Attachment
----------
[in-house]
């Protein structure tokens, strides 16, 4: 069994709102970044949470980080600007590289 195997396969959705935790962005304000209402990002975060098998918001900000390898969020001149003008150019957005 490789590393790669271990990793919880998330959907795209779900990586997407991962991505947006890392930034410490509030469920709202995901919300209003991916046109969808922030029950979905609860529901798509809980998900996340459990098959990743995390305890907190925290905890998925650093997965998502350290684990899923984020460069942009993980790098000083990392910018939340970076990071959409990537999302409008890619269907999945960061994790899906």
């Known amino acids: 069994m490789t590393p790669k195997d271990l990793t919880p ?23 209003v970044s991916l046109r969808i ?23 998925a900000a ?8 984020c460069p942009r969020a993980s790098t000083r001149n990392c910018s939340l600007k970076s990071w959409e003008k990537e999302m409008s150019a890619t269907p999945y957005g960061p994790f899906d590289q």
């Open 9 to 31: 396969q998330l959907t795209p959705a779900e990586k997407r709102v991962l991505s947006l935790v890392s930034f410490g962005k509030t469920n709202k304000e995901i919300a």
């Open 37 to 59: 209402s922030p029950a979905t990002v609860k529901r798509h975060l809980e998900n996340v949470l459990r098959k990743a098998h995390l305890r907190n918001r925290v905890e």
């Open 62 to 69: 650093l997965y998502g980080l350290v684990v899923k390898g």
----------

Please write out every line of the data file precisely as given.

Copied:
[in-house]
């Protein structure tokens, strides 16, 4: 069994709102970044949470980080600007590289 195997396969959705935790962005304000209402990002975060098998918001900000390898969020001149003008150019957005 490789590393790669271990990793919880998330959907795209779900990586997407991962991505947006890392930034410490509030469920709202995901919300209003991916046109969808922030029950979905609860529901798509809980998900996340459990098959990743995390305890907190925290905890998925650093997965998502350290684990899923984020460069942009993980790098000083990392910018939340970076990071959409990537999302409008890619269907999945960061994790899906």
């Known amino acids: 069994m490789t590393p790669k195997d271990l990793t919880p ?23 209003v970044s991916l046109r969808i ?23 998925a900000a ?8 984020c460069p942009r969020a993980s790098t000083r001149n990392c910018s939340l600007k970076s990071w959409e003008k990537e999302m409008s150019a890619t269907p999945y957005g960061p994790f899906d590289q």
């Open 9 to 31: 396969q998330l959907t795209p959705a779900e990586k997407r709102v991962l991505s947006l935790v890392s930034f410490g962005k509030t469920n709202k304000e995901i919300a």
């Open 37 to 59: 209402s922030p029950a979905t990002v609860k529901r798509h975060l809980e998900n996340v949470l459990r098959k990743a098998h995390l305890r907190n918001r925290v905890e």
């Open 62 to 69: 650093l997965y998502g980080l350290v684990v899923k390898g």